Water Quality is responsible for ensuring that your water exceeds state and federal standards. From our water sources to your tap, the Water Quality Department consistently monitors the quality of your water by sampling numerous sample points for a variety of tests throughout our entire District each week.
Water quality plays a critical role in our work to provide safe, high-quality water. Our water quality technicians are state and industry certified in water quality procedures and operations. Our water samples are also analyzed by independent, state-certified laboratories to ensure that WVWD water meets state and federal water quality and safety standards.
To learn more about our water quality, read our latest Drinking Water Quality Report at wvwd.org/transparency. For additional information about environmental standards and potential contaminants, please review our latest Public Health Goals Report and for details on the frequency of our water testing, please review our Water Analysis Schedule.
While WVWD and authorized staff carry out regular hydrant and water flushing operations to remove contaminants, building owners are responsible for flushing their water systems after extended periods of disuse. The flushing process involves opening taps and running water to remove water that is sitting in interior pipes or outlets. Pipe flushing frequency can vary according to your plumbing outlet type and configuration. To minimize potential health risk associated with water quality and building inactivity, we highly recommend that building owners follow the below steps outlined by the EPA and CDC:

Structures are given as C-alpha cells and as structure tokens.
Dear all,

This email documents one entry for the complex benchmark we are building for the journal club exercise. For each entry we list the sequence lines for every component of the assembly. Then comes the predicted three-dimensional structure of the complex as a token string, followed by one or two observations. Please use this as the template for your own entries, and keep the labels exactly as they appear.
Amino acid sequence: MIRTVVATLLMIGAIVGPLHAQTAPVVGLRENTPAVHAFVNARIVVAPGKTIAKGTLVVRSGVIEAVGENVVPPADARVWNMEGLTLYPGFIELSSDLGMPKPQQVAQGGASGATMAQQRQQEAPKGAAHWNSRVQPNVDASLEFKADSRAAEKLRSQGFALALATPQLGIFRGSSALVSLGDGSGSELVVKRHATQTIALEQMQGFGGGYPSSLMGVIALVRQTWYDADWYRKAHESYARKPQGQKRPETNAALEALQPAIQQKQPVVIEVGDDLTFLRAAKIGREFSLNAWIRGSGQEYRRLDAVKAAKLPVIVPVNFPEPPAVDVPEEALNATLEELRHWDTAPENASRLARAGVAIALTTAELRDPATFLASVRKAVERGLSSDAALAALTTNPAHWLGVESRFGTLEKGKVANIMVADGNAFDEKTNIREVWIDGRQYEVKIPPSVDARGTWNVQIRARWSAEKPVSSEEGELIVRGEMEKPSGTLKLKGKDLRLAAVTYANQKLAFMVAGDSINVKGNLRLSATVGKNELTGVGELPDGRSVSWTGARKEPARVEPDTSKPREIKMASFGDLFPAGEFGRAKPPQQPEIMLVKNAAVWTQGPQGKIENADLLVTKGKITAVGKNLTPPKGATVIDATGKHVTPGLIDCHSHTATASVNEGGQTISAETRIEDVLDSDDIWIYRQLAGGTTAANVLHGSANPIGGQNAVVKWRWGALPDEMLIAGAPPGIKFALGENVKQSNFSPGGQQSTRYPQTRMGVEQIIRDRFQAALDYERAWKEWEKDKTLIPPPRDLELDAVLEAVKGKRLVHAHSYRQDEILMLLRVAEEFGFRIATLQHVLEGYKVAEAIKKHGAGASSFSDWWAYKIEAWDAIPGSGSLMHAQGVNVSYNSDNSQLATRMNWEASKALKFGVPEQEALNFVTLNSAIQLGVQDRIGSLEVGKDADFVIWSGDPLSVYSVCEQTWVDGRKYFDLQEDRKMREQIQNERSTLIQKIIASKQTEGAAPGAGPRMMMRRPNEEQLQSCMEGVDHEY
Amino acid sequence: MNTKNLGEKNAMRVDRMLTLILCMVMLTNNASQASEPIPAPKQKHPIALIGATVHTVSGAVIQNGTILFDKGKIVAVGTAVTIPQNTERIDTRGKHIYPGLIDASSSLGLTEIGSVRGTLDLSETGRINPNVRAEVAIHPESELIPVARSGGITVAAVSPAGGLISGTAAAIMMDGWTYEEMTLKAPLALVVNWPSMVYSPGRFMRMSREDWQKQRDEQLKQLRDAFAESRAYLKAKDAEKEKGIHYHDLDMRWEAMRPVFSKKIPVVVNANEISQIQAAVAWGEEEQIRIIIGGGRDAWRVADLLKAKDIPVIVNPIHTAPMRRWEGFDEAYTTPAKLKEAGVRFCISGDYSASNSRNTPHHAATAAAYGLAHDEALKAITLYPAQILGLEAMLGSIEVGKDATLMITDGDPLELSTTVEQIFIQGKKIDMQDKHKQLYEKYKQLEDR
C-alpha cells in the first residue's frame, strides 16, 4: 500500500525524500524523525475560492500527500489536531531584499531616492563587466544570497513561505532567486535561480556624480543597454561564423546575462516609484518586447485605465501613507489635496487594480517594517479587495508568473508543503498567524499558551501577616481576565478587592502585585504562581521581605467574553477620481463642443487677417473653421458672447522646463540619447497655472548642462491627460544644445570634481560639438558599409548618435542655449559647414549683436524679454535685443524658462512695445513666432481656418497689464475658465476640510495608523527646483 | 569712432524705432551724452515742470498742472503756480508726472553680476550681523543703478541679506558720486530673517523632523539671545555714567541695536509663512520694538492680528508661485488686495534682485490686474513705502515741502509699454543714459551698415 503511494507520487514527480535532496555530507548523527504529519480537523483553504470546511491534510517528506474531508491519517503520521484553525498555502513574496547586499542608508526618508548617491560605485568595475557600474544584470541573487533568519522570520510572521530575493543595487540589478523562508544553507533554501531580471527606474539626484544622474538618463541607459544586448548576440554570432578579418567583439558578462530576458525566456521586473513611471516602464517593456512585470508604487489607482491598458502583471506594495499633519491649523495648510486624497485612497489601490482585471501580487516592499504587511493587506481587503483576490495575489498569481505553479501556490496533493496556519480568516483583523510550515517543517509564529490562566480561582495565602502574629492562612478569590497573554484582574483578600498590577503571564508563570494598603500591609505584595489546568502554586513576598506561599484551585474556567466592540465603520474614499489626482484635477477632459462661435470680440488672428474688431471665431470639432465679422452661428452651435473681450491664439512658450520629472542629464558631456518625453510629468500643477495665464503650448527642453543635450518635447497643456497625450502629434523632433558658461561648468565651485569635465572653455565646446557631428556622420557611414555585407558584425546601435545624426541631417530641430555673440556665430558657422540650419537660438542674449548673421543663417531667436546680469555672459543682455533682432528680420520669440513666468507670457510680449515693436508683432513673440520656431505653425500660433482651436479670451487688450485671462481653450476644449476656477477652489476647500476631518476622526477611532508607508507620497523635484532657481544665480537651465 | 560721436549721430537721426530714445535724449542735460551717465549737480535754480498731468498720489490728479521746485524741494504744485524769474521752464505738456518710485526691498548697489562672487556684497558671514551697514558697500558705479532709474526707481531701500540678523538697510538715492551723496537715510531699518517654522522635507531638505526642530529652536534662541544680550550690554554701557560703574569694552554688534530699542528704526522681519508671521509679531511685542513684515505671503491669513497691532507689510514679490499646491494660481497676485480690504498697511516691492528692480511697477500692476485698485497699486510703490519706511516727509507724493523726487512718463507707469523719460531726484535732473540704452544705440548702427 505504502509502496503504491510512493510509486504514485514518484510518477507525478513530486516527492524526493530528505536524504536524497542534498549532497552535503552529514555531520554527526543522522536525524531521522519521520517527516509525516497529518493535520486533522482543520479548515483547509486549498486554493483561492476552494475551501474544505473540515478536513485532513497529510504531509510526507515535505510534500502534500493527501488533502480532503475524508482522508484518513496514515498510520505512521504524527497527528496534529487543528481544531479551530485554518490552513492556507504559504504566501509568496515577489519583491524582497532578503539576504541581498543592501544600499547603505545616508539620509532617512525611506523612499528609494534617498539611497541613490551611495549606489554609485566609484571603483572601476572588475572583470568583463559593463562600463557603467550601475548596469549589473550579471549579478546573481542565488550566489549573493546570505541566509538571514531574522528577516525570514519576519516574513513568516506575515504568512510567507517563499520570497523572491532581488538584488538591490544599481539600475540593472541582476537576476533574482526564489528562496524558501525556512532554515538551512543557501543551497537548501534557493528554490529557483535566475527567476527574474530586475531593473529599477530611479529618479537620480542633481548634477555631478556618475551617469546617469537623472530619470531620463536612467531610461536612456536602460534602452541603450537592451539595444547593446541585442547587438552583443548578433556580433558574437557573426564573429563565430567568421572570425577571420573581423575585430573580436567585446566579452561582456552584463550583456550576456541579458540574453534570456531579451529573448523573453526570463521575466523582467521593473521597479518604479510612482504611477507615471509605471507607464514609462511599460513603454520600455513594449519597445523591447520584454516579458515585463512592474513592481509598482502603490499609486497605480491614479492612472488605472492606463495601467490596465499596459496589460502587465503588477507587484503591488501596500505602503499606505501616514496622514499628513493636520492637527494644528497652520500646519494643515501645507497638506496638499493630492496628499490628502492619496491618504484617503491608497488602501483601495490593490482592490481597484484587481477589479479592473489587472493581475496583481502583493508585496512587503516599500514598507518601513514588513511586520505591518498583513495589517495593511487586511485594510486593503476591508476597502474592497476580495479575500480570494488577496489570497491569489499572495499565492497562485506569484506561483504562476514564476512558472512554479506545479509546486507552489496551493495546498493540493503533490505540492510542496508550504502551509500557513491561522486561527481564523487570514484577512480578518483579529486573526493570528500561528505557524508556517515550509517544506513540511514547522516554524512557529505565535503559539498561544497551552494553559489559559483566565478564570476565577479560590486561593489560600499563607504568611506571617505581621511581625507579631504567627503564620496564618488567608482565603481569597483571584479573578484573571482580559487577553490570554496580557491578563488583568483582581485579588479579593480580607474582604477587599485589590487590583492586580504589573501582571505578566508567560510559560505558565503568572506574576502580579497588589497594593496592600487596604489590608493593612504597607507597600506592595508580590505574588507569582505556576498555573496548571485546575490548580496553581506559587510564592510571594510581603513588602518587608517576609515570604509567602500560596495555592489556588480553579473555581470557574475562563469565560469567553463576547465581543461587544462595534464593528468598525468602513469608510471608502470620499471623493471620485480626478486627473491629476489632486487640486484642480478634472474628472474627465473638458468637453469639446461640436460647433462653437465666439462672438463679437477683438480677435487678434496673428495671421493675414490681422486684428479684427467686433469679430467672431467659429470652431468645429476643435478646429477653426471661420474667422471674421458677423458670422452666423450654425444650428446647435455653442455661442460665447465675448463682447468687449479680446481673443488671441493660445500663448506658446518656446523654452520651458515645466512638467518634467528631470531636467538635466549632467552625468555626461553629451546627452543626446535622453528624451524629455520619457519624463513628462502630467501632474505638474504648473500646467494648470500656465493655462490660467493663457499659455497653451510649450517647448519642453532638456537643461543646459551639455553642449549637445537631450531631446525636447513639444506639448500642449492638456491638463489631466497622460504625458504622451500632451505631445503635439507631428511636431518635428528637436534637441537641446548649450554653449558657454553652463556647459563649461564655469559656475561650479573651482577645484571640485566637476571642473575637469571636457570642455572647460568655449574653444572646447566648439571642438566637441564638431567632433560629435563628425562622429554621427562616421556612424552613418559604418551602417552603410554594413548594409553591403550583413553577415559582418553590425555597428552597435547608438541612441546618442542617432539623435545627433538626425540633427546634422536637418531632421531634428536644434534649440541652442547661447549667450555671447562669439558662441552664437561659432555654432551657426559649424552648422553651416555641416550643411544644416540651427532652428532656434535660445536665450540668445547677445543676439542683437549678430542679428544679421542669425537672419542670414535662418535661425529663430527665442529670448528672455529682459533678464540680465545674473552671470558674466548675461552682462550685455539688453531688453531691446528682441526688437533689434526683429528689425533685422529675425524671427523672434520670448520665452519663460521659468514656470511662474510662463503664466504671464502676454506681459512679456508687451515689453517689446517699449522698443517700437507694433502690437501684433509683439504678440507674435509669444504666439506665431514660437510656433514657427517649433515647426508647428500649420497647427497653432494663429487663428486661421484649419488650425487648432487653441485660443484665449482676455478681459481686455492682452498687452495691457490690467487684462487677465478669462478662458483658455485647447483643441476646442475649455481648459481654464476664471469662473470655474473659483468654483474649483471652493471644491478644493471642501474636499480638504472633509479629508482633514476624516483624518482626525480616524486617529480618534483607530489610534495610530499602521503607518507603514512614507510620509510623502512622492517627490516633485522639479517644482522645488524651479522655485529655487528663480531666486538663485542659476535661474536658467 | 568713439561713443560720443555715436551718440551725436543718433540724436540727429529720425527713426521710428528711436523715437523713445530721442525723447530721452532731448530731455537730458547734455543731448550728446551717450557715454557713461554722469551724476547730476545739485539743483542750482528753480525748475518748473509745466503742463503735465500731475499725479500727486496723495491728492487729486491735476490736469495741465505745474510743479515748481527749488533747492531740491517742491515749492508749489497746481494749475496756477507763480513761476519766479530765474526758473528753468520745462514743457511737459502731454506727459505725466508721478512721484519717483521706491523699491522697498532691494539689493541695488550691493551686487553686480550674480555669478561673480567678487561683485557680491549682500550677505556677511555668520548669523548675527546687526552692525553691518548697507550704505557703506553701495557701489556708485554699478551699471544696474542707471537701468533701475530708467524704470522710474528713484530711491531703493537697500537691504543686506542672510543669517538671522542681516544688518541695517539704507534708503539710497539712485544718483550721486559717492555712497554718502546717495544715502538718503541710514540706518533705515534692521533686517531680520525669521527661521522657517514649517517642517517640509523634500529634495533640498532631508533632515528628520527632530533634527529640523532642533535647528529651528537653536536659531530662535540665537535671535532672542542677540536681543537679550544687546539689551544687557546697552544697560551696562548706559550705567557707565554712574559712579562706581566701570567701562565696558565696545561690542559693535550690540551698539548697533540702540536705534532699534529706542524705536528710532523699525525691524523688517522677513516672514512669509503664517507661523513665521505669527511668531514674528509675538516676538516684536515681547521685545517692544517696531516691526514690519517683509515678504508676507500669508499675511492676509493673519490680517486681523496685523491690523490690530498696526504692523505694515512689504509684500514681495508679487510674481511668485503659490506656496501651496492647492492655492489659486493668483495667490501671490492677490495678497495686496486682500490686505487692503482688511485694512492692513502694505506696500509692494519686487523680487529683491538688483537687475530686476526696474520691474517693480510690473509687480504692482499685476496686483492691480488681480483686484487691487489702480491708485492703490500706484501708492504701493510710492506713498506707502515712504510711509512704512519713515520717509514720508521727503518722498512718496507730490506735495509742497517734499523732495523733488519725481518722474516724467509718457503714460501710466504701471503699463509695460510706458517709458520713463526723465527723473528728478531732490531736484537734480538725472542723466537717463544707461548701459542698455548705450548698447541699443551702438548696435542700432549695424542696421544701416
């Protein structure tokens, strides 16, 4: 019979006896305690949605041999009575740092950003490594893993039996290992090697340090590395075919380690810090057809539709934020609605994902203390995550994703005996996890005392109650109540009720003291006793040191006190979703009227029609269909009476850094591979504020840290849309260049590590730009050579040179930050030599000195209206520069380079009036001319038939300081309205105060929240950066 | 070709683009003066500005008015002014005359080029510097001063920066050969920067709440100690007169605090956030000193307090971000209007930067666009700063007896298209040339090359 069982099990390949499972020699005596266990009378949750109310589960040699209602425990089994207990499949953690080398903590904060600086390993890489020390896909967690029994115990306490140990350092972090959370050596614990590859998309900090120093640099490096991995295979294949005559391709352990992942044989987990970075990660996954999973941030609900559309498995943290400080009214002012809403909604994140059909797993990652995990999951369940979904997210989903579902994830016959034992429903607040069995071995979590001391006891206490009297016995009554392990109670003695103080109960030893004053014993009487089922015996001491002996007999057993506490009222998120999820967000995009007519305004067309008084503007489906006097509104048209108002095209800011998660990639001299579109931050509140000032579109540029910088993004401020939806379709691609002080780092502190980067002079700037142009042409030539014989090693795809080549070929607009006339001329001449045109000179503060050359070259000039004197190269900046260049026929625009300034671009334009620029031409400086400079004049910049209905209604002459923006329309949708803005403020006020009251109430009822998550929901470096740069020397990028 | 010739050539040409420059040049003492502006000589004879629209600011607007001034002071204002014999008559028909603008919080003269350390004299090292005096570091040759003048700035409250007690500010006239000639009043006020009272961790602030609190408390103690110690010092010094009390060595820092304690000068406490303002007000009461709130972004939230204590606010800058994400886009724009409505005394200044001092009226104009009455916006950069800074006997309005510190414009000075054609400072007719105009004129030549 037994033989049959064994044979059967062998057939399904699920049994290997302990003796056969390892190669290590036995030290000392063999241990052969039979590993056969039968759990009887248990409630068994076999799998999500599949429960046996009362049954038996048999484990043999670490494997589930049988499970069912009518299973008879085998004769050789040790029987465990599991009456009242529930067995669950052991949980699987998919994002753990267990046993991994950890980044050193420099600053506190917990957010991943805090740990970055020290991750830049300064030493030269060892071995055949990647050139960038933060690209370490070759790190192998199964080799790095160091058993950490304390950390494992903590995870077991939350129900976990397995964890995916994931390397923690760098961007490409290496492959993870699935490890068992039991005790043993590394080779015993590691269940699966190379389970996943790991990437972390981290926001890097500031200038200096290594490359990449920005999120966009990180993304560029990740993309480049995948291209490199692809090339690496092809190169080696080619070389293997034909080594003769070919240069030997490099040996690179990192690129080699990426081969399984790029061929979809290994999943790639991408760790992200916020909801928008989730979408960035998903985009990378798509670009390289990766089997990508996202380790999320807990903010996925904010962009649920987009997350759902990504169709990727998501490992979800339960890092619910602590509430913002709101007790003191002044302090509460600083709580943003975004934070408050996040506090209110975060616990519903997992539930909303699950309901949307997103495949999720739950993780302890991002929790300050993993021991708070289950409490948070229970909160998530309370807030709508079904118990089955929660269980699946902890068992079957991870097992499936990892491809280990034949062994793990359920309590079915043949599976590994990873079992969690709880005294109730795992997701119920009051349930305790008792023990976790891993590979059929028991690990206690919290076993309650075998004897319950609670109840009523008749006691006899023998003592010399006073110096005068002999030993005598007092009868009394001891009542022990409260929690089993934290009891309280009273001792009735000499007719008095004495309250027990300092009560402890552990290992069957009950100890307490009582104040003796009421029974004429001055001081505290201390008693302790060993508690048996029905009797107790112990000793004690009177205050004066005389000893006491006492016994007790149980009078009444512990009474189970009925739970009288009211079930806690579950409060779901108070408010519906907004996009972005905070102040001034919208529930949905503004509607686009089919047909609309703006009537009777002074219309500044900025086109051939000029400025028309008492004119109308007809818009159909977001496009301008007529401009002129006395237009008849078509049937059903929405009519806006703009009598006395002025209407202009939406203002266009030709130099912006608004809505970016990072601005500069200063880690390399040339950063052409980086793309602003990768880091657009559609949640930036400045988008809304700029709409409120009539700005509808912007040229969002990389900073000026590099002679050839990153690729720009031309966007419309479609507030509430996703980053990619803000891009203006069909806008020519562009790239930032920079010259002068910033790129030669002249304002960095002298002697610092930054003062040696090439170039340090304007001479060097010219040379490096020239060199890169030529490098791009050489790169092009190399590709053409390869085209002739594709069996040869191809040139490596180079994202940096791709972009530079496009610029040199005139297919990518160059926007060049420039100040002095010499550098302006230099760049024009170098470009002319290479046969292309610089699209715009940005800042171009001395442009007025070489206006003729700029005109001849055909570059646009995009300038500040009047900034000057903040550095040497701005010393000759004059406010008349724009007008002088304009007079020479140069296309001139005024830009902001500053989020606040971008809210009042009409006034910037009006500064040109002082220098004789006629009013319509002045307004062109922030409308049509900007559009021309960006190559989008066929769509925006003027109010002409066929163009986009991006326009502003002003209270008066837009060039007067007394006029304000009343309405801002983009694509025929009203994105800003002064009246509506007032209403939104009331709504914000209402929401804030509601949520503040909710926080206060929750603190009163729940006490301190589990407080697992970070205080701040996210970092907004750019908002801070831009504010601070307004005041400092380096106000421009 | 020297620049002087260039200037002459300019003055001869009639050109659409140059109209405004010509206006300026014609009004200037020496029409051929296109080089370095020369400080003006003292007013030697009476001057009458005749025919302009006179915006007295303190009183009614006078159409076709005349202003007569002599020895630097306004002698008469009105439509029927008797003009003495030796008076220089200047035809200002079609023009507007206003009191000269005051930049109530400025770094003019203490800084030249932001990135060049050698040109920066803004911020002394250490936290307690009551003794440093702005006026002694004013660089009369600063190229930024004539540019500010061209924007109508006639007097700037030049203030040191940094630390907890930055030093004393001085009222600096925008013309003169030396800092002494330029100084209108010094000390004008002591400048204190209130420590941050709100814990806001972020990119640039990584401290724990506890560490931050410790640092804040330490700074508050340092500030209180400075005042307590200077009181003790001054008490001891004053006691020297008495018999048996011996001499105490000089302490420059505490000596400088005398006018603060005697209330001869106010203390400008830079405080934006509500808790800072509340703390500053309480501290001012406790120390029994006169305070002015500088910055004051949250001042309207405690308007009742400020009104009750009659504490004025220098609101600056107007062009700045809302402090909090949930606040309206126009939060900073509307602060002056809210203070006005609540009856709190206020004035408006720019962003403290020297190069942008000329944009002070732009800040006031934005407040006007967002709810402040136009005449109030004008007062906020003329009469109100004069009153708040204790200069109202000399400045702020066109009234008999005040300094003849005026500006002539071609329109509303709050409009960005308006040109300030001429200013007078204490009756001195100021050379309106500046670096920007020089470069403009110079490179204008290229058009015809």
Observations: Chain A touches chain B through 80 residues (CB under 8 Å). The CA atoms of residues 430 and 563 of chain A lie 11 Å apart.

- Before Flushing:
- Contact WVWD about local water quality and to coordinate maintenance activities.
- Check information from your local public health department for any local requirements for reopening.
- Follow appropriate regulations and policies for worker safety and health.
- Steps for flushing buildings
- Review how water moves through your building, from the street to each point of use.
- Inspect the plumbing.
- Maintain any water treatment systems (e.g. filters, water softeners) according to manufacturer instructions.
- Ensure the hot water system is operating as specified.
- Flush the service line that runs from the water main to the building.
- Flush the cold water lines.
- Drain and clean water storage facilities and hot water heaters.
- Flush the hot water lines.
- Flush, clean and maintain devices connected to the plumbing system according to manufacturer instructions.
- Other actions to consider
- Notify your building occupants of the status of the water systems and the flushing program.
- Limit access or use of the water as an appropriate cautionary phase.
- Determine if proactive disinfection/heat treatment is necessary.
- Develop a water management program.
For more information on flushing, please visit our Flushing Program page.
Some of the most common calls to our customer service department are regarding cloudy water. During the summer months, this water typically clears up after a few seconds of sitting. This harmless condition is known as “entrained air” and is the result of a high demand for water that prevents air from having the time to dissipate before exiting your faucet. If you think you are experiencing entrained air, try rinsing out a clear glass twice and then filling it with cold tap water. After a few seconds, the water should begin to clear from the bottom of the glass to the top as the bubbles rise to the surface. If your water remains “cloudy” after five minutes, please contact our customer service department immediately. For more helpful tips and information on our water safety and quality, please read our annual Water Quality Report in our transparency portal at wvwd.org/transparency.